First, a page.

Guest blog by Professor Alan Emond, Emeritus Professor of Child Health, Bristol Medical School, University of Bristol
SafeTea is a national campaign which aims to reduce hot drink scalds to young children and promote burns first aid. The launch of the intervention will be on 16 October 2019, National Burn Awareness Day. The target audience is parents, grandparents and carers of children under 5 across the UK.
Primary care centres can participate in the campaign by:
- displaying posters, flyers or videos that are freely available on the SafeTea website.
- by following us on social media @SafeTeaCampaign on Twitter, Facebook, Instagram and YouTube
- by taking the SafeTea pledge.
The key messages of the campaign are to:
- Keep hot drinks away from young children
- Never carry a hot drink whilst carrying a baby
- Never pass a hot drink over the heads of young children
- Make a
… Read more
by Dr Rupert Payne, Consultant Senior Lecturer in Primary Health Care, Centre for Academic Primary Care, University of Bristol
Boots pharmacies made the mainstream news headlines in May this year when it became apparent that some prescriptions which were being prepared using an automated centralised system were being distributed using plastic bags. Lloyds pharmacies have a similar process in place.
The argument is that the centralised assembly process is more efficient and safer than the old-fashioned local approach which used paper bags. The bags can be recycled but, as many of us know, that isn’t necessarily straightforward. Given the backlash against plastic that has been seen recently, and particularly given the fact that pharmacies have always been well known for using paper bags, it is unsurprising that this change has been received negatively by consumers.
But the impact of prescribing on the environment is not just … Read more
by Dr Yvette Pyne, Academic Clinical Fellow, Centre for Academic Primary Care, University of Bristol
The breadth of conditions doctors are expected to manage continues to grow as people and society become ever more complex and it is in GP surgeries up and down the country where this is most starkly seen. The volume of work expected of GPs is taking its toll on individual doctors and the service as a whole.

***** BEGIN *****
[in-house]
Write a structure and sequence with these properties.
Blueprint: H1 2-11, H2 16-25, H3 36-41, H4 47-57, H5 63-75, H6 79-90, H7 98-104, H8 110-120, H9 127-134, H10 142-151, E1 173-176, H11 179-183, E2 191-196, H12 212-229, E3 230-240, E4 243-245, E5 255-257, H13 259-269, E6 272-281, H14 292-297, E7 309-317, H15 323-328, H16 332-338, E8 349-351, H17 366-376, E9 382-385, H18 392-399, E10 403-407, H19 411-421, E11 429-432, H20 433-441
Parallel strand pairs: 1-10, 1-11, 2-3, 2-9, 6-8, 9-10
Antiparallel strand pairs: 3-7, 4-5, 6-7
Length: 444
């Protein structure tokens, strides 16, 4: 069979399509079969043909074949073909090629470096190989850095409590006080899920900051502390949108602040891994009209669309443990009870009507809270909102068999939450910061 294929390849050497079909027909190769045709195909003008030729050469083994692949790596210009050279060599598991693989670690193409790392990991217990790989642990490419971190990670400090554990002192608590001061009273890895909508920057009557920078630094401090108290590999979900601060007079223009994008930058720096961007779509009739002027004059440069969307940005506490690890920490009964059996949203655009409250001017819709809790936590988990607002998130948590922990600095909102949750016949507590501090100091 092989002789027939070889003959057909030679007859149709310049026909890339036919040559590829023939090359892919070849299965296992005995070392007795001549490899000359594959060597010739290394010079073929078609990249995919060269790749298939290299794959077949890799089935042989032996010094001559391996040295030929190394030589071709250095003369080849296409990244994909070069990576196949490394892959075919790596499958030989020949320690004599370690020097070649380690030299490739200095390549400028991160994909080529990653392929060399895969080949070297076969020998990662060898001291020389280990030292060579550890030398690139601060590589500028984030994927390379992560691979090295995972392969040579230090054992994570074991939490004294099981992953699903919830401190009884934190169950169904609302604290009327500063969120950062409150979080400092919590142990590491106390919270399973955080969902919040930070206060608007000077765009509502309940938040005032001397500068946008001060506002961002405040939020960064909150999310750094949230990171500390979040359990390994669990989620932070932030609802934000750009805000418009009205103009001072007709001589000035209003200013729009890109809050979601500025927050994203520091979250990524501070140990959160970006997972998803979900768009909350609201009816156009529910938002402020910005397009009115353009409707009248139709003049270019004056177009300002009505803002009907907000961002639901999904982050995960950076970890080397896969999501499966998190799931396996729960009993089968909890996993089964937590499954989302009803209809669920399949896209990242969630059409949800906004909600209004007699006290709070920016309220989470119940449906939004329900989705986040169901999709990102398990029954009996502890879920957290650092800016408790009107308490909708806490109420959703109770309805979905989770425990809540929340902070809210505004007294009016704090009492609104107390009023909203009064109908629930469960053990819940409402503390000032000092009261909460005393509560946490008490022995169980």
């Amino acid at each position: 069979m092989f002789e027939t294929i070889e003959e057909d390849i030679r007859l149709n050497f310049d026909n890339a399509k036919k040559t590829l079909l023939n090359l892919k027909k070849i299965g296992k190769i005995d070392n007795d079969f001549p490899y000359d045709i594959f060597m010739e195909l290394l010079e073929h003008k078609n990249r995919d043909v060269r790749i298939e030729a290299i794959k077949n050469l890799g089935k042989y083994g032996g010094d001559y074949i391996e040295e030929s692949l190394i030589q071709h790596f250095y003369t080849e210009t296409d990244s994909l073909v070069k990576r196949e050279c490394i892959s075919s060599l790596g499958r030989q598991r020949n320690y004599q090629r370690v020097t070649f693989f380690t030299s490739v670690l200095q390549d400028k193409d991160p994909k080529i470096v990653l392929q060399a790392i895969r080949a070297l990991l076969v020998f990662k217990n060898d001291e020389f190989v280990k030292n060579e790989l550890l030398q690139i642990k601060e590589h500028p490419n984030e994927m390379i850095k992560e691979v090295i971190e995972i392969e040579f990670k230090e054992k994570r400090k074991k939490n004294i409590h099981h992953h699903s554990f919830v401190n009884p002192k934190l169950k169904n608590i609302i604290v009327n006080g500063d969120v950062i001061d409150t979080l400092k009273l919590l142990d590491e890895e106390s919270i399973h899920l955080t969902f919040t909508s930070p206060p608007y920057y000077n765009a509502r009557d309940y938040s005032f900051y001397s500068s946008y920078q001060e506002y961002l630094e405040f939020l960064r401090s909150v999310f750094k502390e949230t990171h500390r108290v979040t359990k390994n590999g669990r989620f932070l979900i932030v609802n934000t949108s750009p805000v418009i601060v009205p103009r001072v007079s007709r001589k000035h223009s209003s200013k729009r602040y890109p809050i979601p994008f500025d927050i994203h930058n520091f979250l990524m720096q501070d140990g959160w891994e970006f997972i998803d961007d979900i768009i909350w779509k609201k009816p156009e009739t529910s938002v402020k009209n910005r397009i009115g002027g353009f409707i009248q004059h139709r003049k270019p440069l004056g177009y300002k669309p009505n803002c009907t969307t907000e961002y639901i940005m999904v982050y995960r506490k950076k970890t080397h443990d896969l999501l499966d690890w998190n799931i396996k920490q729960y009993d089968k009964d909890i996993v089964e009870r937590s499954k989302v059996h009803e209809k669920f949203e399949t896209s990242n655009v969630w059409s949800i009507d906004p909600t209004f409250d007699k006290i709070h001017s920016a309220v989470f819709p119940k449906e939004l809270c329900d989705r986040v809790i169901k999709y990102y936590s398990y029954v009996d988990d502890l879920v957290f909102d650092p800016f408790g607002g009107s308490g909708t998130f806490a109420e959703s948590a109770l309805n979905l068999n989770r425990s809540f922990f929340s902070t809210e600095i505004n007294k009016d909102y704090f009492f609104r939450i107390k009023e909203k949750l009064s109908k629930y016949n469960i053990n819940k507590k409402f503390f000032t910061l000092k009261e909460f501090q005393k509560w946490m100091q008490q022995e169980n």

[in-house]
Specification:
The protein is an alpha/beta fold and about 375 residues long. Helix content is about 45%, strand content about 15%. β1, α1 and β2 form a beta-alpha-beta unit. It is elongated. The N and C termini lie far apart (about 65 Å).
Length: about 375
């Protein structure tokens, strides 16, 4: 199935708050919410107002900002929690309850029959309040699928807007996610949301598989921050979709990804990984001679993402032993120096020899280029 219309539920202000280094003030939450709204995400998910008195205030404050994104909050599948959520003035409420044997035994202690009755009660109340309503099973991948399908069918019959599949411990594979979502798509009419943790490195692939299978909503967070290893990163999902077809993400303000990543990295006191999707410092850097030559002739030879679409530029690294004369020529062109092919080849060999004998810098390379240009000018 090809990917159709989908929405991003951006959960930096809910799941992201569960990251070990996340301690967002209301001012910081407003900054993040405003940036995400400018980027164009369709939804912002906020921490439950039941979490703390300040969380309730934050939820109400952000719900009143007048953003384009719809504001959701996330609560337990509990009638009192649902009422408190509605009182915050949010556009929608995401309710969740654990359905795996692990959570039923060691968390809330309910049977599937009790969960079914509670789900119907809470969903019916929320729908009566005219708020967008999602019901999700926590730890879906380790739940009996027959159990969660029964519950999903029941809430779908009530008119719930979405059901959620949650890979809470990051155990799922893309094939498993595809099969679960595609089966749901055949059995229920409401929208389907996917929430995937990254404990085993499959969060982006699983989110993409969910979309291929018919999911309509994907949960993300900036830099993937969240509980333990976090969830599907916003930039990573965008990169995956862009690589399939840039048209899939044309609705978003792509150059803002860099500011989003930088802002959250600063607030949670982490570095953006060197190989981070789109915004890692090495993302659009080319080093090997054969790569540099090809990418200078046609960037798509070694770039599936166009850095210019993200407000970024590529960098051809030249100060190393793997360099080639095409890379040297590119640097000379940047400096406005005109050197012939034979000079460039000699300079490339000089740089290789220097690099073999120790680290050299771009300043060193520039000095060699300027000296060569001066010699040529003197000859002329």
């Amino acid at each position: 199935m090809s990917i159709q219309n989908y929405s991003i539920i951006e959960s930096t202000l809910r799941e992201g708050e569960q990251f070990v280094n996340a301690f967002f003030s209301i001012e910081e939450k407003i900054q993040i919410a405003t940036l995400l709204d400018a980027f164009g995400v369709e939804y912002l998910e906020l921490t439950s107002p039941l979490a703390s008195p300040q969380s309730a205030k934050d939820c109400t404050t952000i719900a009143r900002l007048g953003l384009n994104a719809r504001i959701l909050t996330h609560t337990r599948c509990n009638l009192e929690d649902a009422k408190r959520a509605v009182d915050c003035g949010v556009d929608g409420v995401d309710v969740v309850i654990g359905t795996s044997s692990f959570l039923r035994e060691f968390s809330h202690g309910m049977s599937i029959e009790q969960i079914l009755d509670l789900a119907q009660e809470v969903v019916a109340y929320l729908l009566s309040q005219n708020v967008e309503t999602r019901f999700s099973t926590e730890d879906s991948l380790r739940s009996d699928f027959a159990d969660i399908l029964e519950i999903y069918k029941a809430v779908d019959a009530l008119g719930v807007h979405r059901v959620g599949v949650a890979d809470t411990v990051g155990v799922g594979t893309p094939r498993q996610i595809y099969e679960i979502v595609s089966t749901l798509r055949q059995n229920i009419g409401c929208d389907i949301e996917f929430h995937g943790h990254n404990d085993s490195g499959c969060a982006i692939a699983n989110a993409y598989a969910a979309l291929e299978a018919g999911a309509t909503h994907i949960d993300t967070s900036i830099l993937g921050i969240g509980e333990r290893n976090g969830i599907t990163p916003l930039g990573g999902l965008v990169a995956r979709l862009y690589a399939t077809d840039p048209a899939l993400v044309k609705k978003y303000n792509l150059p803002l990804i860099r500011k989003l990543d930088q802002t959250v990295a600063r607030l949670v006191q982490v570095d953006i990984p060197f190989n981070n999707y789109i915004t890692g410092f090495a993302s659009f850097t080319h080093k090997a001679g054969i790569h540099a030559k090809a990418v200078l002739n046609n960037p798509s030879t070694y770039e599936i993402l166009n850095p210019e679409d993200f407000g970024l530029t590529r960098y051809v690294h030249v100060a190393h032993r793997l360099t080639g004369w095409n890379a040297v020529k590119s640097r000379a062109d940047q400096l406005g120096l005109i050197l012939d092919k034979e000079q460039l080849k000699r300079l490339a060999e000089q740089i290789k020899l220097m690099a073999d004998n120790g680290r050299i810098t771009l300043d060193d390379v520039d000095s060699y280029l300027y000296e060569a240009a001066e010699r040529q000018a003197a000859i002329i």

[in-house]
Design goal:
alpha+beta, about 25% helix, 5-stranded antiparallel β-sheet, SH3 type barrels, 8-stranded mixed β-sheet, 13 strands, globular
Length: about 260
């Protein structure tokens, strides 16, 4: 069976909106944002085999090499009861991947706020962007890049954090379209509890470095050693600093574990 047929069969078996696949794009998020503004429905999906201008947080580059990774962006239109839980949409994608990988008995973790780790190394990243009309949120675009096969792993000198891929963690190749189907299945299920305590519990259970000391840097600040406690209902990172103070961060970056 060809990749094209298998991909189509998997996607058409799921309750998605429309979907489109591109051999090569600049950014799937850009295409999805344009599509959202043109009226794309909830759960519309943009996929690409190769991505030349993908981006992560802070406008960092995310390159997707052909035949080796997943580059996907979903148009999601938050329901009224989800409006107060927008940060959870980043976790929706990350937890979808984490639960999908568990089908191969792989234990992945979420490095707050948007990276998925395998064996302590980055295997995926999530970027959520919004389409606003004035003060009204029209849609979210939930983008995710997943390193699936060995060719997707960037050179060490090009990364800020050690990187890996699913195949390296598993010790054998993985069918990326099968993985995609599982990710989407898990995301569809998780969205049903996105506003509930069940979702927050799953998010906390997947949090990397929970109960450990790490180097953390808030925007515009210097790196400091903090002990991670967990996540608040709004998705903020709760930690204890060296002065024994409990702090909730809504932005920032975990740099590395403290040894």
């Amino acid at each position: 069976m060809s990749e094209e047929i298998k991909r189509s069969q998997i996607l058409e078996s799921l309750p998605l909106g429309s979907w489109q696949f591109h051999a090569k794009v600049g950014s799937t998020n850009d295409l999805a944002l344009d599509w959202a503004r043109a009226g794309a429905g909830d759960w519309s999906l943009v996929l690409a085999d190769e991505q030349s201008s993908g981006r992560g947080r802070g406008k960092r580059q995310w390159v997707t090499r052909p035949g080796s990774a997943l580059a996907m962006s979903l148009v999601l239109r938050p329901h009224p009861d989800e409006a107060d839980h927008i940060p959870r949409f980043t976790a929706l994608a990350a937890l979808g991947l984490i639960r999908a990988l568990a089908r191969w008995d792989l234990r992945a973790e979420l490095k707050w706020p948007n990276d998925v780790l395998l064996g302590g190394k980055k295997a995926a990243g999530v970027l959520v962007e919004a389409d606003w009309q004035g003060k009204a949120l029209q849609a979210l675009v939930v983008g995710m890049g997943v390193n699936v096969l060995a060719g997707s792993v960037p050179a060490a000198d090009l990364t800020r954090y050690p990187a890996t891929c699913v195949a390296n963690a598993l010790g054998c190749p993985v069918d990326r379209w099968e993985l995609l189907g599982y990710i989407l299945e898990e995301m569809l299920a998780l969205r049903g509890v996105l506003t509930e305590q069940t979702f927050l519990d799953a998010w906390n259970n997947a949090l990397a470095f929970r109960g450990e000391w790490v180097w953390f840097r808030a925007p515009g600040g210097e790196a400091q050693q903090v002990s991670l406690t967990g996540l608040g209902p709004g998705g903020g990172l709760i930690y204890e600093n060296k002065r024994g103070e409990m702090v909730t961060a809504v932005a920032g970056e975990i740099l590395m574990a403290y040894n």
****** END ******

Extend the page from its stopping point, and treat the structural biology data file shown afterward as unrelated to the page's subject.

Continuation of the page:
My previous career designing and developing information technology (IT) systems gives me insight into the huge potential computers and machine learning have to help us in this increasingly challenging environment. Artificial Intelligence (AI) can enable us to provide the best evidence-based medicine to our patients while also freeing us from mundane administration to spend more time connecting with the human beings in front of us.
In the UK, Primary Care is already leading … Read more
by Dr Jason Sarfo-Annin, Honorary Research Fellow, Centre for Academic Primary Care, University of Bristol
Debate surrounding the future of general practice is usually rooted in the context of the primary care workforce, the introduction of new roles and developing practitioners with a new skill-mix.
Such solutions are rooted in the medical model of health. I share the Marmotian view that health care is just one dimension of improving individual and population health.
As GPs, we often consult with patients who cannot be helped by our services. We are also often unable to effectively signpost patients or help navigate them to services that can support them. Consequently, I believe the future involves working as part of a collaboration of services – delivered optimally by co-location. Provision of these services would be based on the geographical location of patients and include amenities already provided by local authorities … Read more
by Dr Rachel Johnson, NIHR Clinical Lecturer in Primary Health Care, Centre for Academic Primary Care, University of Bristol and Anna King, NIHR Health Protection Research Unit in Evaluation of Interventions at the University of Bristol
Our Priority Setting Partnership (PSP) began as the idea of a group of doctors who have witnessed how difficult the experience of heart failure can be for patients and their families. Heart failure is one of the commonest causes of unplanned hospital admissions, and it can place a heavy burden on carers and families.
Our aim was to put the needs of patients, carers and health professionals at the heart of the research agenda. We followed the methods of the James Lind Alliance Heart (JLA), a not for profit organisation set up to ‘open up discussion between patients and clinicians to agree on priorities for future research.